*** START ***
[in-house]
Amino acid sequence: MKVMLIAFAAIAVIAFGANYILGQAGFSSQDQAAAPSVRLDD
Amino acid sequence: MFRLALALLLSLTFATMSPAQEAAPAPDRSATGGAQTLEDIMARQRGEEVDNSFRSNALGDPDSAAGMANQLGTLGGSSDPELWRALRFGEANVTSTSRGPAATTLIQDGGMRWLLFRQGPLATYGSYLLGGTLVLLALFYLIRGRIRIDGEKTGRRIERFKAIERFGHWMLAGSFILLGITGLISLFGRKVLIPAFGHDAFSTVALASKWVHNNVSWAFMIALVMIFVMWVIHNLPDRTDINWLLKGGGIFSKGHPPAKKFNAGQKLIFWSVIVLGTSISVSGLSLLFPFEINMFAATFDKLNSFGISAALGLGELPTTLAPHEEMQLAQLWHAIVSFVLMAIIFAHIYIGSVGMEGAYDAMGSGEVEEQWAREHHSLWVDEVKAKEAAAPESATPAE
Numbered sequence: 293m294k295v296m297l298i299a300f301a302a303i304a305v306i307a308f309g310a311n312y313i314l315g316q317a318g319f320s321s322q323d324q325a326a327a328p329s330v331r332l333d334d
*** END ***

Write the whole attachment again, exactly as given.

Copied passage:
[in-house]
Amino acid sequence: MKVMLIAFAAIAVIAFGANYILGQAGFSSQDQAAAPSVRLDD
Amino acid sequence: MFRLALALLLSLTFATMSPAQEAAPAPDRSATGGAQTLEDIMARQRGEEVDNSFRSNALGDPDSAAGMANQLGTLGGSSDPELWRALRFGEANVTSTSRGPAATTLIQDGGMRWLLFRQGPLATYGSYLLGGTLVLLALFYLIRGRIRIDGEKTGRRIERFKAIERFGHWMLAGSFILLGITGLISLFGRKVLIPAFGHDAFSTVALASKWVHNNVSWAFMIALVMIFVMWVIHNLPDRTDINWLLKGGGIFSKGHPPAKKFNAGQKLIFWSVIVLGTSISVSGLSLLFPFEINMFAATFDKLNSFGISAALGLGELPTTLAPHEEMQLAQLWHAIVSFVLMAIIFAHIYIGSVGMEGAYDAMGSGEVEEQWAREHHSLWVDEVKAKEAAAPESATPAE
Numbered sequence: 293m294k295v296m297l298i299a300f301a302a303i304a305v306i307a308f309g310a311n312y313i314l315g316q317a318g319f320s321s322q323d324q325a326a327a328p329s330v331r332l333d334d